Named for the white farina found along the toothed margins of its greyish-green leaves, this primrose is also perfect for raised rock gardens. Ideally, it should be situated in an area that is protected from strong rain as its farina may be washed off. This means that watering should be done in a manner that directly provides the substrate with moisture, without dousing the entire plant. The farina helps protect the leaves, ensuring that they can convert enough energy to stimulate the production of fragrant, lilac-blue blooms.

6) Dwarf roses (Rosa cultivars)

Dwarf rose
Dwarf roses have a relatively low full height, which makes them a great choice for raised flower beds. drpavloff / CC BY-ND 2.0

Nursery and garden cultivars

Who wouldn’t want a closer look at the delicate blooms of dwarf roses? These cultivars’ relatively low full height makes them great candidates for raised flower beds. Selectively bred to produce stems and blooms that maintain miniature sizes, these plants are hardy, eye-catching, and may produce just as much as blooms as their larger counterparts. To effectively enhance the appeal of a flower bed, grow cultivars with contrasting floral colors in dense rows or right next to one another.

Dwarf roses prefer nutrient-rich yet free-draining substrates. Depending on how quickly moisture evaporates in your region, they may require at least an inch (2.5 cm) or more of water per week. Full sun tends to encourage the production of a profusion of blooms in spring to summer. Mulched beds should help protect the roots from fluctuations in temperature and should promote suitable moisture retention rates.

7) Drumstick allium (Allium sphaerocephalon)

Drumstick allium in bloom
Drumstick allium’s flowerheads can last for up to 4 weeks if the soil is kept moderately moist during the growth period. Cephas, CC BY-SA 4.0, via Wikimedia Commons

Native to Europe, western Asia, and northern Africa

The drumstick allium, also known as round-headed garlic and ornamental onion, would be a charming addition to raised flower beds. Its pom-poms of deep purple floral heads, comprised of tiny florets and perched on top of thin yet upright stems, should enliven any arrangement while adding a touch of playfulness to its overall appearance. These unfailingly give away the presence of this species’ bulbs in late spring to early summer.

For as long as the soil is kept moderately moist throughout the growth period, the floral heads may last for up to 4 weeks. Its inflorescences, which rise to 30 – 40 inches (76 – 102 cm) above the soil, may tower over the rosettes of dwarf flowering plants. They can thus be arranged along the back, sides, or center of a diverse selection in a flower bed. Allium bulbs are quick to rot in excessively moist conditions, so the increased drainage rates in a raised setup should promote their longevity.

8) Mounding nasturtium (Tropaeolum majus varieties)

Mounding nasturtium 'Alaska'
‘Alaska’ (pictured) is one of the nicest mounding nasturtium varieties, thanks to its pretty blooms and variegated leaves. cristina.sanvito / CC BY 2.0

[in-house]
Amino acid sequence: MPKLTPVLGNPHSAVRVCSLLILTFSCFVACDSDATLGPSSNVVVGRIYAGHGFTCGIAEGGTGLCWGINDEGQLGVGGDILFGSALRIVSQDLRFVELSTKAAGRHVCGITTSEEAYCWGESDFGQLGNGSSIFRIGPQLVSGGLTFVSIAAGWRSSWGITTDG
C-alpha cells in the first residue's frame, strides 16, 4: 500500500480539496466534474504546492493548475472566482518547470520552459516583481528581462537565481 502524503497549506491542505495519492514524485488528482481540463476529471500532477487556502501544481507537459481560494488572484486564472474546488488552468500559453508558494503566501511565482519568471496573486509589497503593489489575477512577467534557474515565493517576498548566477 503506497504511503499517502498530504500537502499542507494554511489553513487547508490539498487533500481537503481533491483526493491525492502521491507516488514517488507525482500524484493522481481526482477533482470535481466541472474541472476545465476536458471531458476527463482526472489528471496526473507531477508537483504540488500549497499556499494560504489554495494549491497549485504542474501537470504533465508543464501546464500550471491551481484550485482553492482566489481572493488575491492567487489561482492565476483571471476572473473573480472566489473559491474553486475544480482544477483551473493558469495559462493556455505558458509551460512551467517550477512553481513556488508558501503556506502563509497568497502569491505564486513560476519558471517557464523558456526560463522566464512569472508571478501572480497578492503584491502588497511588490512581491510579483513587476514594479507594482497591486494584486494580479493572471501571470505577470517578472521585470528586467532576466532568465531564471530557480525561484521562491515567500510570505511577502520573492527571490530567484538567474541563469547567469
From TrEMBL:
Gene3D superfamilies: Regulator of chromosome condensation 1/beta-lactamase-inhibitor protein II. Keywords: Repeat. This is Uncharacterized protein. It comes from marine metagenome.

Garden cultivars

Nasturtium varieties may be mounding or trailing. The former is more suitable for flower beds, whereas the latter may require additional support or sprawl out as ground cover plants. Some of the loveliest varieties include ‘Cherries Jubilee’, ‘Cup of Sun’, ‘Orchid Cream’, and members of the ‘Alaska’ series. These sport delicate, lily-shaped foliage in various shades of bright green. The leaves of some cultivars, particularly those of the ‘Alaska’ series, are variegated.

The eye-catching blooms of mounding nasturtiums should have hummingbirds, butterflies, and bees rushing to your raised flower beds. A profusion of blooms may thoroughly cover any fading mounds from spring to summer. These come in the loveliest shades of orange, yellow, pink, and red. Fast drainage is crucial to maintain the quality of the foliage, particularly those that remain in contact with bottom substrates.

9) Black-eyed Susan (Rudbeckia hirta)

Black-eyed Susan flowers
Raised flower beds with black-eyed Susan flowers should be situated in full sun, making it easier for endemic pollinators to spot their blooms. Acabashi, CC BY-SA 4.0, via Wikimedia Commons

Native to North America

An annual wildflower that is known for its vibrant yellow petals surrounding a cone of darker florets, the black-eyed Susan is a fine choice for raised beds in cottage gardens. Maryland’s very own state flower, this species is also commonly referred to as ‘yellow daisy’. It is often cultivated in flower beds because its upright stems are fast-growing and may be quite attractive when they are densely packed.

Raised beds containing this species should be situated under full sun, where endemic pollinators are most likely to spot its blooms. Loam-based substrates, with a moderate capacity to retain moisture, are preferable, but clay soils may also be tolerated if they allow for adequate drainage. The highest bloom rates are usually observed in plots that are not excessively enriched with nitrogen.

10) Creeping phlox (Phlox subulata)

Scarlet Flame creeping phlox
It’s recommended to grow creeping phlox in areas with partial shade and ample moisture. Patrick Standish / CC BY 2.0

Native to the eastern US

Creeping phlox, also known as ‘moss phlox’, is often cultivated in pollinator gardens, around backyard patios, and in dedicated flower beds. Though this perennial is hardy to USDA zones 2 – 9, it is typically sheared after the end of the bloom period each year. This practice minimizes the spread of diseases and encourages the rapid regeneration of new stems and leaves in the succeeding growth period.

Creeping phlox should be grown in areas that receive partial shade and ample moisture. Well-established specimens quickly spread to form incredibly colorful carpets of pink, white, purple, and magenta-colored flowers. The blooms may last for up to a month, transforming your spring garden into a haven for butterflies, hummingbirds, and bees. The trailing stems cascade over the edges of flower beds and may thoroughly hide vertical structures. For some more visual drama in the flower bed, add rocky levels and a few tufts of companion plants.

Angeline L
About the author

Angeline L

I'm a passionate researcher and scuba diver with a keen interest in garden plants, marine life, and freshwater ecology. I think there’s nothing better than a day spent writing in nature. I have an academic and professional background in sustainable aquaculture, so I advocate for the responsible production of commercial fish, macroinvertebrates, and aquatic plants.